"I didn't cuss. I didn't drink alcohol or use drugs.  I avoided all the sins people considered the "worst."
"And in addition to all of the things I didn't do, I was also a pretty good person. I went to church on most Sundays, I played guitar in the praise band. And my wife and I even led a small group in our home every week.' 
"I thought I was doing everything that was required of me to stay right with God."


For years, this is how I lived out my faith and these were the standards I used to justify my standing as a "good" Christian. 

It wasn't until after a severe traumatic brain injury that I began to realize followers of Jesus are called to a life of so much more than this checkbox style of Christianity that I'd grown way too comfortable with. It was then I began to see that God doesn't want us to cautiously avoid sin or to merely play the game of religion. He doesn't want us working to earn His favor. Rather, we are called to rest and trust in what Jesus has already done for our salvation. And to let the same power that saves us, give us the strength to live for him right now.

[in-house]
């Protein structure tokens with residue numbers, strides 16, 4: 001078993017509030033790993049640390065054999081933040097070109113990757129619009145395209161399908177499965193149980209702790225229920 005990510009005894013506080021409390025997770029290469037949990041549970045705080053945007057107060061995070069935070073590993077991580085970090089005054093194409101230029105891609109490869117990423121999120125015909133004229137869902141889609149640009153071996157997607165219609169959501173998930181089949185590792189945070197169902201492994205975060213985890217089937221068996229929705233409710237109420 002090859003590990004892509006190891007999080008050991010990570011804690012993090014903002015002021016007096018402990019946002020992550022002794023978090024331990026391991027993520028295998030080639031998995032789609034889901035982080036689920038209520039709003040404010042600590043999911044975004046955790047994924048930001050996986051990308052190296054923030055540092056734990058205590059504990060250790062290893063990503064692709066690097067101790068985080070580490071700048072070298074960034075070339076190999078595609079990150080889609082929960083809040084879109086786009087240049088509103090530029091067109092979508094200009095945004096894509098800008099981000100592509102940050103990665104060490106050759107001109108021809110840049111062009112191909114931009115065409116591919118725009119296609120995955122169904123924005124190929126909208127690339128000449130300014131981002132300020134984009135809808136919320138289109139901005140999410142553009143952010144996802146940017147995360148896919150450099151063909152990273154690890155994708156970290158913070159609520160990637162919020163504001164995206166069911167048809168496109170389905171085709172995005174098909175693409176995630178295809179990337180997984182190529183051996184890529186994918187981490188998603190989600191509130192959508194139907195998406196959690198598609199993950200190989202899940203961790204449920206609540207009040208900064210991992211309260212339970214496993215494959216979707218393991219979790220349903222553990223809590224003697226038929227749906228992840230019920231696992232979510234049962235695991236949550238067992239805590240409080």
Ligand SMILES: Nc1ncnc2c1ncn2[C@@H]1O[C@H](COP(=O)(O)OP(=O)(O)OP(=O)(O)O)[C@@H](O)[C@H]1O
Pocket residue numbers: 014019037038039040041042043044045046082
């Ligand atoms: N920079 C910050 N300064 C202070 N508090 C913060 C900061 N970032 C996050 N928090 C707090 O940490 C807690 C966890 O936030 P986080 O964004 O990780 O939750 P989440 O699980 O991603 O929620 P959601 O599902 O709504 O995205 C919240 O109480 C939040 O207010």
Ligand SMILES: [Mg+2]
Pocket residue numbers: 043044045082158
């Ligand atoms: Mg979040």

Don't get me wrong. I'm still human which means I still, and will always, struggle with sin. But the sin that I had been working so hard to avoid no longer has the same attraction. And the duties that I had fulfilled in the past because I had to or because that was what Christians were supposed to do are no longer a joyless task or simply a way to earn God's approval. These good deeds are no longer a means to get what I want or what I feel I deserve.

I am extremely grateful to have learned the truth of what being a Christian truly means. It is way more than checking off a bunch of boxes. It is so much more than following a bunch of rules. It is more than using my faith to make myself look and feel better.  

Being a Christian is about having a relationship with Jesus and letting Him change me. It means loving Jesus and loving others.  It is about serving Him and following Him no matter where He leads. But this is no longer because I have to but because I want to. Because I have learned, and am still learning, about everything he has already done for me.